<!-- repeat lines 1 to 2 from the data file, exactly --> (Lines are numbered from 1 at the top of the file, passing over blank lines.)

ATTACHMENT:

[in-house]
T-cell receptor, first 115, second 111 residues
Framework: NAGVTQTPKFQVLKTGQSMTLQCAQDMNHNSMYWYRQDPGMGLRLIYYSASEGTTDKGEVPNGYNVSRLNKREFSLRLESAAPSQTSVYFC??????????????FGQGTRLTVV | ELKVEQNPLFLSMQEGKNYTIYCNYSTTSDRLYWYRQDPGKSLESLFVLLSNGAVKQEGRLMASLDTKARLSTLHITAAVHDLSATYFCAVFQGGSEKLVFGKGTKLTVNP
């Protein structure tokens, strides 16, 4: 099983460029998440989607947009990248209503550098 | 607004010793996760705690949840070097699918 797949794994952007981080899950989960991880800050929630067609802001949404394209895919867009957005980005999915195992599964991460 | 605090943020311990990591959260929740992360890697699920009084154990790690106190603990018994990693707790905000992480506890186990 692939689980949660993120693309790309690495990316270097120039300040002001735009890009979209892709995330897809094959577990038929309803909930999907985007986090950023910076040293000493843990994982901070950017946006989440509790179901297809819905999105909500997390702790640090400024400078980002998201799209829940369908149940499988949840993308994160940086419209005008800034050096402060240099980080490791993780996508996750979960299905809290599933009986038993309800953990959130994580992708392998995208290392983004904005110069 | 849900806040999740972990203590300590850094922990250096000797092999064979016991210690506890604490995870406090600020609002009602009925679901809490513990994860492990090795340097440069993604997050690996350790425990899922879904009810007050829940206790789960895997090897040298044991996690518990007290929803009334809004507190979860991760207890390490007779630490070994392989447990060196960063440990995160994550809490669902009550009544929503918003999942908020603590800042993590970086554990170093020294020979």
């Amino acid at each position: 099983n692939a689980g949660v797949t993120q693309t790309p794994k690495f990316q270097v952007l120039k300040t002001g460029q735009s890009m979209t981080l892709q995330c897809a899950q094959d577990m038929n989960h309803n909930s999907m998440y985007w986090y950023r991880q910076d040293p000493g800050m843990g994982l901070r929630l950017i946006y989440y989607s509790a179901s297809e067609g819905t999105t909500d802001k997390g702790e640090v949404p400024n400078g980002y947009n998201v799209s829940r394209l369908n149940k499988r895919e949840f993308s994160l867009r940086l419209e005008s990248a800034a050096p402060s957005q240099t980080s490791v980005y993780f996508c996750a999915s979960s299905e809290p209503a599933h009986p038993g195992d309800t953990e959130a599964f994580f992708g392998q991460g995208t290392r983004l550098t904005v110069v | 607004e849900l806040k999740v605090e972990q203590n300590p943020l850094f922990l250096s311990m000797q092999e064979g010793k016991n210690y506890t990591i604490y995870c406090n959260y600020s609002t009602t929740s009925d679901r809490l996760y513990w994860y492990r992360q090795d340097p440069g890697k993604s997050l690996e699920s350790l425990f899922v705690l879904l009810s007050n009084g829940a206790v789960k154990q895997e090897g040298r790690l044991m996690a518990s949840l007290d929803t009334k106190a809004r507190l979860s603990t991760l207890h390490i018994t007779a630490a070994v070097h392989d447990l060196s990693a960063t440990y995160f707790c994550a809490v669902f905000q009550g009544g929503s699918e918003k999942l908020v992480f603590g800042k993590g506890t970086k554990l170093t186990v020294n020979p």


[in-house]
T-cell receptor, first 115, second 111 residues